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Plant Portrait - Malva moschata

All species in the genus Malva have edible leaves, and these tend to have a mild flavour and a good texture. We use them extensively, finding them greatly superior to lettuce as the bulk ingredient of a mixed salad.

One of the nicest members of the genus that we use is our native musk mallow, Malva moschata. A very easily grown plant, it will succeed in most soils though it prefers a reasonably well-drained and moderately fertile soil in a sunny position. In the wild it is found in fairly open and sunny habitats such as grassy places, pastures, hedgebanks and the sides of roads, especially on rich soils and avoiding acid soils. If you have a wildflower meadow for summer flowering plants then you have an ideal place to grow the mallow. It is a very hardy plant and will tolerate temperatures down to about -25°c when it is dormant in the winter.

The musk mallow is a very ornamental plant, especially when it is in flower in the summer. The wild form has pink flowers but there are also forms with white petals. If you cut the plant back to the ground when the flowering is almost over in the summer then you will generally be rewarded with a fresh flush of flowers in late summer.

The leaves are also quite attractive - the first leaves the plant produces in spring are entire but later leaves are very different with a high degree of laciniation. Individual plants are generally quite short-lived though they can self-sow freely when in a suitable position and usually more than maintain themselves.

We have found the plants to be fairly immune to predation - slugs seldom bother to eat it and rabbits also tend to leave it alone. However, it does have a strong tendency to get rust - little red pustules of a fungus that grows on the leaves.

The musk mallow is one of our main salad plants from mid spring to mid summer. The leaves have a very mild flavour and very little fibre - they make an excellent bulk ingredient of salads. The texture might seem a bit strange to people who are unused to it, there is a distinct gummyness and this becomes an unpleasant sliminess if the leaves are cooked. However, I have hardy met anyone who finds the gummyness of the raw leaf unpleasant, indeed this gummyness is a positive attribute of the plant since it acts as a very effective balancer to the digestive system. If you have diarrhoea then the mallow leaves will soothe the digestive tract and help to stop the diarrhoea. If you are constipated then the leaves will provide the bulk that will bring about normal motions. In addition eating the leaves also helps to soothe a dry throat and chesty coughs. Established plants can be harvested quite severely and this will tend to delay their flowering, thus extending their period of use in salads. Eventually the plants will insist on flowering and then we simply move from eating the leaves to eating the flowers. These have a similar mild flavour and slightly gummy texture with a delicate sweetness.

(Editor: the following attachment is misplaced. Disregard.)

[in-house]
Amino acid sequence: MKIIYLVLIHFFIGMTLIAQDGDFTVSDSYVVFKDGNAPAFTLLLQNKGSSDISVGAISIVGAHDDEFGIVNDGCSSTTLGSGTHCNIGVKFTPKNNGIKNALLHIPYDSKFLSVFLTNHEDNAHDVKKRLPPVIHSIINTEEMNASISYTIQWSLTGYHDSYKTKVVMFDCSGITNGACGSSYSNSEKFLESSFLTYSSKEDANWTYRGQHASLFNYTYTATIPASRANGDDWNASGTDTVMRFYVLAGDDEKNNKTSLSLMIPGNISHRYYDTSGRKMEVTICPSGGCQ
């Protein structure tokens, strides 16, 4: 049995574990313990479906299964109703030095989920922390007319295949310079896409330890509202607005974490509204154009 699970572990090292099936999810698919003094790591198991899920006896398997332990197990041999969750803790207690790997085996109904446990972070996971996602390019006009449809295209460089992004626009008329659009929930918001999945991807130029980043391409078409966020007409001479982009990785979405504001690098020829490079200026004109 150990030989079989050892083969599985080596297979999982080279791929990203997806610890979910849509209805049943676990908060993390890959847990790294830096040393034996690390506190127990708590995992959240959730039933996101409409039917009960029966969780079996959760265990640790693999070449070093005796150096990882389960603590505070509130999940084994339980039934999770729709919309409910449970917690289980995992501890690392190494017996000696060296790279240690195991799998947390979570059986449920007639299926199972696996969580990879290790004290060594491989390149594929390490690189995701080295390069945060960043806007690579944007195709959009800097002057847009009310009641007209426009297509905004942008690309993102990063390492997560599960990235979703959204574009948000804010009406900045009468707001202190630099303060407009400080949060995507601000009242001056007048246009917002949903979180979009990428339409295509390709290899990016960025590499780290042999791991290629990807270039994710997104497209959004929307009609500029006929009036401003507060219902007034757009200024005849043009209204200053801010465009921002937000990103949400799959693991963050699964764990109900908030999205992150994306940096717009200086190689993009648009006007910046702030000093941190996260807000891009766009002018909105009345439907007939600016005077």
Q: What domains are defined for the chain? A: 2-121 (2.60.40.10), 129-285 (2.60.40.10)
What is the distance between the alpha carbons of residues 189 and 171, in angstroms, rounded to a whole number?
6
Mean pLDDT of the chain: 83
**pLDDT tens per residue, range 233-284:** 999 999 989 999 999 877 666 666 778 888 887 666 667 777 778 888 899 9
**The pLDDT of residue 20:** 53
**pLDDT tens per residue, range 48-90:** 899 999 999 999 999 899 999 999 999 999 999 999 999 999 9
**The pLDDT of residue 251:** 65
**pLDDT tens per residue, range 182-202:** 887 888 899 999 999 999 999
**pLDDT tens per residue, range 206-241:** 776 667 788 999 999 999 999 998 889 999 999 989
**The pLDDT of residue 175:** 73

The musk mallow is very easy to propagate by seed and, as I said earlier, it will normally self-sow in the garden. We sow the seed in trays in a cold frame in early spring and only just cover it in compost. The seed germinates quickly and easily. Prick out the seedlings into individual pots when they are large enough to handle and plant them out in their permanent positions in the early summer. You can also increase plants by taking basal shoots in late spring - you harvest the young shoots with plenty of underground stem when they are about 8 - 10cm above the ground. Pot them up into individual pots and keep them in light shade in a cold frame or greenhouse until they are rooting well and plant them out in the summer.


The database has more details on these plants: Malva moschata.



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An important new book from PFAF. It focuses on the attributes of plants suitable for food forests, what each can contribute to a food forest ecosystem, including carbon sequestration, and the kinds of foods they yield. The book suggests that community and small-scale food forests can provide a real alternative to intensive industrialised agriculture, and help to combat the many inter-related environmental crises that threaten the very future of life on Earth.

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